Yesterday I was at my favorite beach location, resting and reading in my car. As I was about to leave, a Police car, Fire Truck, and Paramedic van all pulled into the parking lot with their lights on. A minute later another Police car and State Parks truck pulled up.
As I looked toward the ocean, folks were standing looking out. Curiosity got the best of me so I went to see what was happening.
There in the water about 300 feet out was a lone man, waving his arms. He was being tossled by the waves and was being pulled out to sea.
The paramedics ran down the hill to the shore and then stayed there. One girl said to the one in charge, "Can't someone go in and get him now?" They couldn't. They knew if someone tried to swim in, they too could become a victim of the rip tide. The rescue workers needed to wait for the Coast Guard or a jet ski to help the young man. The Coast Guard had already been called to help and were on their way.
As I looked, I wondered what the young man must be thinking, seeing people on shore and no one coming in to help him. He must have felt scared, tired, and alone, and extremely vulnerable to the sea (and 54-degree temp). He couldn't know that people were working to get him out, and others (like me) were praying for his safety.
A couple of surfers (no one had surfboards with them - amazingly enough) ran down to the shore to try to get him to swim sideways, parallel to the shore, which is how you swim out of a rip current. They were waving to him like airport guides, signalling him to go to the left.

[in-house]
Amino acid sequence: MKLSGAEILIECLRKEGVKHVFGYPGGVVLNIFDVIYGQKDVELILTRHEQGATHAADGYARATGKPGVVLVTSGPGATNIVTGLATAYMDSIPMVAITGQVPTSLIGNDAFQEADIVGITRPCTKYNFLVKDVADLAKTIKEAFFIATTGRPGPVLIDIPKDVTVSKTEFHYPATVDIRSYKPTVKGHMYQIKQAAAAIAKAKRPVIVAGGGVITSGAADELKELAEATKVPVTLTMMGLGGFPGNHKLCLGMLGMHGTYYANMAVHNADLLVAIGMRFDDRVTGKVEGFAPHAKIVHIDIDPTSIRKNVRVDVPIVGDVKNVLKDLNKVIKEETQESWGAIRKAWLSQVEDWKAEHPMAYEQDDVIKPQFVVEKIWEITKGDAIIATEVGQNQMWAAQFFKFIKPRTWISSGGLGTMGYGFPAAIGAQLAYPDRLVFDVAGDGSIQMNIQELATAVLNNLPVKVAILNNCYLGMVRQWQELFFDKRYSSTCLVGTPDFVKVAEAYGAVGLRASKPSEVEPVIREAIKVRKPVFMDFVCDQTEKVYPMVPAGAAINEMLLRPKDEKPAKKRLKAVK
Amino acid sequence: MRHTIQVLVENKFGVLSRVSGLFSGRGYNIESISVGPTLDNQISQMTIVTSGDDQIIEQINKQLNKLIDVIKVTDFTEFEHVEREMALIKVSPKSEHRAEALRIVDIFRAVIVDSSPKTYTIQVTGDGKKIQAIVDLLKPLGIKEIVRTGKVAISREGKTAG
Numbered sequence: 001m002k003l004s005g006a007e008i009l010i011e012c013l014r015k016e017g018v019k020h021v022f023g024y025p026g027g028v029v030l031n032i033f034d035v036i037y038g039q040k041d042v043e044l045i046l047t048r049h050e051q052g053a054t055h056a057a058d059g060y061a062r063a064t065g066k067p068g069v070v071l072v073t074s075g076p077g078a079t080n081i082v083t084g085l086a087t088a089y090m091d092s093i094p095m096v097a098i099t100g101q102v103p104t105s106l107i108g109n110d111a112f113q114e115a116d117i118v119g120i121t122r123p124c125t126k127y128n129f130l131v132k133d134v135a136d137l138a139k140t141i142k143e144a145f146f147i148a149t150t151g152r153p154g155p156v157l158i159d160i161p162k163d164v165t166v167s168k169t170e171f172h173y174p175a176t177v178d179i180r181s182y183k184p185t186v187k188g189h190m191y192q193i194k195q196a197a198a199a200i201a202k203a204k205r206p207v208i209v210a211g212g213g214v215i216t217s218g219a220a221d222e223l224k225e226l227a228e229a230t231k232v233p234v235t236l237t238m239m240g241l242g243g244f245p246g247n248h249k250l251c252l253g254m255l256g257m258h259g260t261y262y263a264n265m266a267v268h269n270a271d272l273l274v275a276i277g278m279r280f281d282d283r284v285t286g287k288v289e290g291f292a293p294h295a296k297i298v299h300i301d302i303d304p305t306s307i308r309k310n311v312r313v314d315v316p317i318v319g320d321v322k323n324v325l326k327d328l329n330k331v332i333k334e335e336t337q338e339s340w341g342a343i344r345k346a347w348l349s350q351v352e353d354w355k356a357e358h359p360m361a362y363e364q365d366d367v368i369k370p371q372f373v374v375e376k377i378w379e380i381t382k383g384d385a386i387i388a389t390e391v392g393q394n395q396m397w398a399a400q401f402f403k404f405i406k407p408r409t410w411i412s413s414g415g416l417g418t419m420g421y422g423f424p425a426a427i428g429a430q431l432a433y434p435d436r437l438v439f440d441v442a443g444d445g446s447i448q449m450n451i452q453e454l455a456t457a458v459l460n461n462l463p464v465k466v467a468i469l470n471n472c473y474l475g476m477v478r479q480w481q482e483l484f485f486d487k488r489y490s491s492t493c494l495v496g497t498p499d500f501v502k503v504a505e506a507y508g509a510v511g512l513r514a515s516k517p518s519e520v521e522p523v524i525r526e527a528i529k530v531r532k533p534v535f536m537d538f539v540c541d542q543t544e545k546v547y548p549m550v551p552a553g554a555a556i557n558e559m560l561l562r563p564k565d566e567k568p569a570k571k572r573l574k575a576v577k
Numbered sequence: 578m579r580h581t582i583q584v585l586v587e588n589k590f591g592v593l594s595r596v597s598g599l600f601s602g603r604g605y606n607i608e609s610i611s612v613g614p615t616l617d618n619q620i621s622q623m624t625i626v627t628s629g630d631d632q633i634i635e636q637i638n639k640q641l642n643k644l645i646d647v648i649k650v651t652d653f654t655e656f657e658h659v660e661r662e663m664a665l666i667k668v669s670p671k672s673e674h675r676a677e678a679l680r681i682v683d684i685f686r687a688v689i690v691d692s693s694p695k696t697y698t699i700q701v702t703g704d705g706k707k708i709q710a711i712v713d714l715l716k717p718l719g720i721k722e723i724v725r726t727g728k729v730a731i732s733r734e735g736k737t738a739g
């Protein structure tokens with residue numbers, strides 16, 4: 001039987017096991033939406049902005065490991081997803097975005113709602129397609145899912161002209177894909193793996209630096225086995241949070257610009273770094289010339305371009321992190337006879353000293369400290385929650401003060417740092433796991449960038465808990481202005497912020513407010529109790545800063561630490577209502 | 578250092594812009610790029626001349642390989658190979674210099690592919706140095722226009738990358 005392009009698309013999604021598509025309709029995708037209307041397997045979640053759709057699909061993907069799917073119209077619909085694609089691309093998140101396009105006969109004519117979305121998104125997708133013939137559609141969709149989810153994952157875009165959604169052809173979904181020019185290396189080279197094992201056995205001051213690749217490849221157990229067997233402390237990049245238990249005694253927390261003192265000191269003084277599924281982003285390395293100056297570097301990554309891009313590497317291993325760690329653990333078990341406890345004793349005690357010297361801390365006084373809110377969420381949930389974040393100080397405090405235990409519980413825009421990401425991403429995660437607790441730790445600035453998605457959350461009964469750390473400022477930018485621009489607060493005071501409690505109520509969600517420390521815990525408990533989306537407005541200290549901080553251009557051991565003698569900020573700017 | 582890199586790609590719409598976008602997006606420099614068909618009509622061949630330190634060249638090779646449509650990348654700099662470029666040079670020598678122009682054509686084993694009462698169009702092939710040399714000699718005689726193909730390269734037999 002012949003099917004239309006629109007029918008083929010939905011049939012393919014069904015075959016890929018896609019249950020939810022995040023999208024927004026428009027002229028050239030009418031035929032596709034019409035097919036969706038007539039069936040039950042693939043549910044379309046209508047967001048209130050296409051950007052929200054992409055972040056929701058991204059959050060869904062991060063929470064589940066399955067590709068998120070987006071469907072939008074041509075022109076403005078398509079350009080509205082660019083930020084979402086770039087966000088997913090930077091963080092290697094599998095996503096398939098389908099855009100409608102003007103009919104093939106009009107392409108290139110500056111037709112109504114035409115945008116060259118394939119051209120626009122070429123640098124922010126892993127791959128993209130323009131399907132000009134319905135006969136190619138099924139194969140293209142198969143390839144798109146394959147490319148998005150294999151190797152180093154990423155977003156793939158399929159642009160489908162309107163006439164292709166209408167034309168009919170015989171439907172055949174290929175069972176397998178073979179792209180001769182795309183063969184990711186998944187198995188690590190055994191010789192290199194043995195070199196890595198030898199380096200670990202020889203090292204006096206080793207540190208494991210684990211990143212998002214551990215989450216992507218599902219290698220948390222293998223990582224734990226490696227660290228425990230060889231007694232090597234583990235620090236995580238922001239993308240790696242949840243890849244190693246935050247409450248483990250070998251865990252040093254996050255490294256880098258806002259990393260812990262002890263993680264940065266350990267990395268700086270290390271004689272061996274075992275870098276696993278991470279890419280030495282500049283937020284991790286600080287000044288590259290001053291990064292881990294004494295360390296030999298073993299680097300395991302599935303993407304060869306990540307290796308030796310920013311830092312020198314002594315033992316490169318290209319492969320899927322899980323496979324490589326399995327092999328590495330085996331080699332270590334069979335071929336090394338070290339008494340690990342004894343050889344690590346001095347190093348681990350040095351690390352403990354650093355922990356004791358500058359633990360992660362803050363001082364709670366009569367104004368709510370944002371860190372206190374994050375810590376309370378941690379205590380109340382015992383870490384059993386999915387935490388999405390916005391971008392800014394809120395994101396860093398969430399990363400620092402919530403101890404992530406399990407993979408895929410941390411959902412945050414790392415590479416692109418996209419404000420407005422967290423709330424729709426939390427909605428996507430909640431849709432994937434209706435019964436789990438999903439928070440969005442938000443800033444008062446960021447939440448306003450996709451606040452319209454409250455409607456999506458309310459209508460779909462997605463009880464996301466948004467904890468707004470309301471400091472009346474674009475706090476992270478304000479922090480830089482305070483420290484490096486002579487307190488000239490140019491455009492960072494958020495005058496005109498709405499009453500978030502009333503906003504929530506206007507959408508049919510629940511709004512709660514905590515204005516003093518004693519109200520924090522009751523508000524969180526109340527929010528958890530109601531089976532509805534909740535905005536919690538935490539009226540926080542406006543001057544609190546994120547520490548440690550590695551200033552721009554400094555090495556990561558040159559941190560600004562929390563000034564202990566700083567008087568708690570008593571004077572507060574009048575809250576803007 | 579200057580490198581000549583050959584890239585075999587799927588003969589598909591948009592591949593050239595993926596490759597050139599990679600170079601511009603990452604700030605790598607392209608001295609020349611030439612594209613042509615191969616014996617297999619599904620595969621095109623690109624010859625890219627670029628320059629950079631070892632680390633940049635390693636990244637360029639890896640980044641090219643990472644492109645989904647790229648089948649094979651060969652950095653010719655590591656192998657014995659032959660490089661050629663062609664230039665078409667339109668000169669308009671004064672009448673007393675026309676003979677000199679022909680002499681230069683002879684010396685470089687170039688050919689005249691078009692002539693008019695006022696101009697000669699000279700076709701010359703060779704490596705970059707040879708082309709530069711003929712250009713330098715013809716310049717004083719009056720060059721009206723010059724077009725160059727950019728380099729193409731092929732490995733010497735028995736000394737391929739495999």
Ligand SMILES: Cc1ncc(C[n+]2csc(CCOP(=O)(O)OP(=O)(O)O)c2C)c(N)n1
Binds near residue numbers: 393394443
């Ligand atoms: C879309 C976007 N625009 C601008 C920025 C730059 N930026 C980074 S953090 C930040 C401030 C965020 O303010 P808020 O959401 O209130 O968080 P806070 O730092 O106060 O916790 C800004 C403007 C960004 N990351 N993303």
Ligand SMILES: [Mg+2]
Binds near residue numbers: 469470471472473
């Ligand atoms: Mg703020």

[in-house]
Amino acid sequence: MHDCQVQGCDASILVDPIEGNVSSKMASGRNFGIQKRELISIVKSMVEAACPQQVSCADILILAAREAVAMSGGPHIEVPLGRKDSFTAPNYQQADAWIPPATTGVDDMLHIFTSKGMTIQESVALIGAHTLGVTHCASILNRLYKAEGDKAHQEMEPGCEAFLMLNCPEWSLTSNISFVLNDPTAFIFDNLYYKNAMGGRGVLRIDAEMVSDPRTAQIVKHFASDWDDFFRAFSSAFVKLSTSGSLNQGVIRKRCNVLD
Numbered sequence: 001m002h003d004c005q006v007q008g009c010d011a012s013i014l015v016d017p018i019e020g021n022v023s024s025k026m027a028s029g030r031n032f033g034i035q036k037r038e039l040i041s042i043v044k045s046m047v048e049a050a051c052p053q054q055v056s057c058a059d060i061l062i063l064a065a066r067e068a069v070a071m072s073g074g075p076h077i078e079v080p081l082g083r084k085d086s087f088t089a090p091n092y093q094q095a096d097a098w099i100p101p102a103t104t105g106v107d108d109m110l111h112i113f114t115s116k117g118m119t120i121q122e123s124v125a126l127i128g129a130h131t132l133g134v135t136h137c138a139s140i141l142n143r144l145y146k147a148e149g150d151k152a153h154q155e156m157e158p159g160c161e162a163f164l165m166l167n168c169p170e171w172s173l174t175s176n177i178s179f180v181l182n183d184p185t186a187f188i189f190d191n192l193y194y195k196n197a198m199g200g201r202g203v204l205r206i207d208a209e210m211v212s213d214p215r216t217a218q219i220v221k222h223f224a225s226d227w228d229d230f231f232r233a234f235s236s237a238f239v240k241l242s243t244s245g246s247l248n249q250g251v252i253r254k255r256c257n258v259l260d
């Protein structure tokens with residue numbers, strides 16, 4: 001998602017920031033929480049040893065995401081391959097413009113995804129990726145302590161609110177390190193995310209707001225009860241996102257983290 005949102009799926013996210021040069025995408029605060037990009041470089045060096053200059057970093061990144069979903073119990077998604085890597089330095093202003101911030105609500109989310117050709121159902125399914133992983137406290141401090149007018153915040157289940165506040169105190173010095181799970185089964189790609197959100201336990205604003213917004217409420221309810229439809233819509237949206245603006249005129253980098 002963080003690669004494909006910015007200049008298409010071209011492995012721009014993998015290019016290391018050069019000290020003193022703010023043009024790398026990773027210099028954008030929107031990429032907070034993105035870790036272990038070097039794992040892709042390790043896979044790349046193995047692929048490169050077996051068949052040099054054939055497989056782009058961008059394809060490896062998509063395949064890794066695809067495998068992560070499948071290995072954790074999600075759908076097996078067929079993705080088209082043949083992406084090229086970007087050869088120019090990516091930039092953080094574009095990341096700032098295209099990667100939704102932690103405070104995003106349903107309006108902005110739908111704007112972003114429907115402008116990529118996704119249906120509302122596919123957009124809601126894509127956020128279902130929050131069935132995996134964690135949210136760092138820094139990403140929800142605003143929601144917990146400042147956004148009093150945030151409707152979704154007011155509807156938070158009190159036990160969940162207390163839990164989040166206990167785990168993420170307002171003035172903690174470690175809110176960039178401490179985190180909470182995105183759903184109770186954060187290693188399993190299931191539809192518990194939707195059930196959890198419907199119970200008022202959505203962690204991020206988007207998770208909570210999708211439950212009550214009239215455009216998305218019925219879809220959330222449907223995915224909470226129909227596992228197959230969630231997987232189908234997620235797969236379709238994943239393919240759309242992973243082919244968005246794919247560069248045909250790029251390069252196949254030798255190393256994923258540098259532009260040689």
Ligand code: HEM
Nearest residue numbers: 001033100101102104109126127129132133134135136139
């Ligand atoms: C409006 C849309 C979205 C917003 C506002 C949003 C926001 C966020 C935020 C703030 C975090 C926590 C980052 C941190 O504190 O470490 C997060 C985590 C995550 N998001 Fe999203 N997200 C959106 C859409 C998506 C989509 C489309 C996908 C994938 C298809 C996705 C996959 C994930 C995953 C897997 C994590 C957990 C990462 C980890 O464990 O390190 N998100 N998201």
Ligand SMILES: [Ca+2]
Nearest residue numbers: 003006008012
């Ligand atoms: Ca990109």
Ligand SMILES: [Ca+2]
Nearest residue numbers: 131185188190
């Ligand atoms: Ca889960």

He was tired, yet he seemed to catch on and started swimming sideways. Pretty soon, he got closer, but as he swam forward and the wave pushed him, the tide would retreat and pull him back again.
But he didn't give up. Slowly stoke by stroke, he got closer, until about 10 feet out where the Paramedics and onlookers pulled him onshore. They gave him medical attention right away. He made it. He was safe. I felt relief and joy.
As I thought about this later, I started to think... When have I felt alone and vulnerable, tossed around by the waves of the day? Like the boogie boarder who lost his board and felt alone in the water, there was much help there for him. I know there are many people and universal help behind the scenes supporting me in ways I may never see. Something for me to remember.